Read in Crosscut
Sarah Bird is one of the relatively few female leaders in the local tech industry, serving as CEO of Moz, a Seattle-based outfit that helps businesses build up their online presence. And the company’s gender equity doesn’t stop at the top: while, on average only 29 percent of employees at American tech firms identify as female, a whole 40 percent of “Mozzers” are women.
That seems laudable. But Bird sees it differently. “Our gender diversity numbers are still terrible,” she wrote in the 2015 company report.
Bird has emerged as one of the state’s top advocates for achieving a greater gender balance in tech – within her company, at the state legislature in Olympia, and even at the White House. In her eyes, it is an ethical imperative.
Moz hit the national political spotlight after Jill Biden visited Seattle to speak with our business leaders and employees about strategies to promote a healthy work-life balance. Of the companies the second lady visited, Moz was one of the ones Biden felt most impressed by – so much so, that afterwards Biden asked Bird to share Moz’s workplace practices at the White House Summit for Working Families in June 2014.
And for good reason: with benefits such as four months of maternity or paternity leave, nursing rooms at their downtown office, “no meeting Fridays,” and paid-paid vacation (as in, Mozzers not only get paid while on vacation, but a stipend of $3000 a year to pay for that vacation), the company has made it a priority to make its employees feel like they can have both a family and a career. Bird emphasizes she wants to enable both mothers and fathers to be good parents – but, of course, historically it has been women that are most impacted by the modern-day expectations and struggles to “have it all.”
From the outside, it appears Bird, 37, has actually made this happen. Walking through the large Moz office in downtown Seattle when I visited last month, she seamlessly moved through conversation topics like keeping up with email, her recent vacation to Disney World with her husband and son, and half-marathon training (all while cheerfully greeting her employees). But Bird recognizes she has largely been able to achieve this because she is one of the lucky ones.
When looking back on the arc of her own career, Bird hasn’t personally felt affected by sexism – to the contrary, she feels that being a woman in her field has been a boon.
“When I go to a tech conference … and I’m the only woman in the room or one of the only women in the room, I feel a sense of relief in their eyes. Because they don’t want to be seen as anti-women. So there’s an overwhelming sense of like, ‘how can I help you, I’m glad you’re here,’” Bird told Crosscut. “It helps me in business because you do sort of stick out more … people remember me more than they would an average mid-30s CEO of a tech company.”
But Bird knows having these people cheering for her and helping her succeed throughout her career is an advantage many women do not have access to – especially when you look at gender equity through an intersectional lens. The problem of getting more women and diverse candidates into tech jobs in the first place is not an easy fix.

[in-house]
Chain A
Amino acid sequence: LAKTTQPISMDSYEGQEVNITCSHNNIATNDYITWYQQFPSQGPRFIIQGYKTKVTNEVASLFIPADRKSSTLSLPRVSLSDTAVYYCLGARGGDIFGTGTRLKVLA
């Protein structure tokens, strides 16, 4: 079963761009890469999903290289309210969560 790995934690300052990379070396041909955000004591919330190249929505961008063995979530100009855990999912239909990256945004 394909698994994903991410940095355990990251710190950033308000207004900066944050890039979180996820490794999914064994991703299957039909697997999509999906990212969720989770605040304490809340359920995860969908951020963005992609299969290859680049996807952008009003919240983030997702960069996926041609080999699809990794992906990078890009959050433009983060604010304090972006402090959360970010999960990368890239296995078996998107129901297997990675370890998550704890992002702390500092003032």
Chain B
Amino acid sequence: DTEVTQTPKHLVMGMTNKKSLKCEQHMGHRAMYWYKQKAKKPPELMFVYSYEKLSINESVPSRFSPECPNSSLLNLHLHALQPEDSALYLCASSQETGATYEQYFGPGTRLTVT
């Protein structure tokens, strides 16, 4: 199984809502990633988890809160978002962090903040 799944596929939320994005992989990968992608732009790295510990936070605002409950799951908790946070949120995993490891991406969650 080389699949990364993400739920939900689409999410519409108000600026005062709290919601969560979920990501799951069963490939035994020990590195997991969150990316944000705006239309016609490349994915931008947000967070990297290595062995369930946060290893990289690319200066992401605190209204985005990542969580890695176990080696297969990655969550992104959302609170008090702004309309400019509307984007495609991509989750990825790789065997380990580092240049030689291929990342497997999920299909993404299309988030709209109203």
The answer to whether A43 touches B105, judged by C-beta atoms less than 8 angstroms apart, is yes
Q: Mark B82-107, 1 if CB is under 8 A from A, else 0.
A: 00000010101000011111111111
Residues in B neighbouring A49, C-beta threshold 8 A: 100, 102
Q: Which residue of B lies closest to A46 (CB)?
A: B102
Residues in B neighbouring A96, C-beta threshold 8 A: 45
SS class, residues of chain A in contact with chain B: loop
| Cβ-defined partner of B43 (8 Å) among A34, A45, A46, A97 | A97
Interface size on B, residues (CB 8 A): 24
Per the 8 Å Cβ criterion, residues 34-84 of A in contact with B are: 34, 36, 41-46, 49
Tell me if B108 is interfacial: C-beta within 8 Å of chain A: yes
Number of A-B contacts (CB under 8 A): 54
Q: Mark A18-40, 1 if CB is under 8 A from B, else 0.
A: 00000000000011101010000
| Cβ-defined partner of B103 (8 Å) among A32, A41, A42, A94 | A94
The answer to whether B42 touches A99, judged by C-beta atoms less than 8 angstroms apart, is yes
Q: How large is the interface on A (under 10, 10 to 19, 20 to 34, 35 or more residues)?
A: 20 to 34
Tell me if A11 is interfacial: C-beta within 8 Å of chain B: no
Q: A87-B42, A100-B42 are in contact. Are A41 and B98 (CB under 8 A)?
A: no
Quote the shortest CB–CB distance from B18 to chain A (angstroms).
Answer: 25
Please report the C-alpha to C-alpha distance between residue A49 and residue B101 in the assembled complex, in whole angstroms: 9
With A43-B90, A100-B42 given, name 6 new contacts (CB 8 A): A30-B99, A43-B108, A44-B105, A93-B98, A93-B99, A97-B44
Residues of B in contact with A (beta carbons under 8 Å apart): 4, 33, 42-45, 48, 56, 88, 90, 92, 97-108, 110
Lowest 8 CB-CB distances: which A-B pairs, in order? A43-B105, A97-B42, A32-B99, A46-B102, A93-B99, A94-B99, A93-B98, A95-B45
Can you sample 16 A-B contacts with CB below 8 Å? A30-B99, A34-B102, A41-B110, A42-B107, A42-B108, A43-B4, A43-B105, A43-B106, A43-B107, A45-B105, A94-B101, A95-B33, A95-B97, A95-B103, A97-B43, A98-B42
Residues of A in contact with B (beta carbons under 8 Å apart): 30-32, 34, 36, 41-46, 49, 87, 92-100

“This is not a problem that you could flip a switch on, when everyone wants to. It’s a big problem, but that doesn’t mean you shouldn’t do anything about it,” Bird said. “I’m a firm believer that those of us like myself who have privilege and power have an obligation – a moral obligation – to intercede on behalf of those who don’t.”
Which is why Bird recently advocated for increased pay transparency before state legislature, which would help close the wage gap. It’s why she supports local programs geared toward addressing tech’s famous “pipeline problem.” Moz regularly works with four programs: Ada Developers Academy, which teaches women how to code; Return to Work, which helps both men and women who have left the industry return to tech; Year Up, which teaches young adults who haven’t gone to college how to code, and, most recently, President Obama’s new TechHire initiative to train women and people of color in computer science.
Moz is dedicated to hiring interns and staff from each of these programs every year. “It’s investing in a future that may never help us right here, right now,” Bird said. “But it helps at large.”
Bird has, in part, been able to dedicate time and resources to the gender gap issue because Moz ‘s company culture, established in the early days as it transitioned from marketing to tech firm. This culture is defined by what Mozzers call the TAGFEE code: Transparent, Authentic, Generous, Fun, Empathetic, and Exceptional.
According to Moz Director of Communications Angela Cherry, TAGFEE comes up at the company on a daily basis, and is referred to by employees when making decisions during meetings. They also use the acronym as a “cheat-sheet” when it comes to making decisions of who to hire, and who to let go. “I do think it helps us find a fit – find people who want to work the way we want to work,” Bird said.
These measures usually don’t encompass metrics of social impact. But the regular reminder to step back and take the broader perspective may have helped Bird prioritize using her position to advocate for gender equity in the wider world of tech.
“I decided and got clean with myself several years ago that I don’t want to be successful any other way than TAGFEE,” Bird said at a panel on inclusivity in tech last summer. “If it ever came down to that … to succeed we have to ditch TAGFEE, I would rather fail. I will only be happy and proud of myself to have run this business this way.”
Her fight against tech’s gender inequality is “already eating into sleeping hours,” Bird said. But she also leaves little doubt that she’ll be a voice on these issues for as long as she must.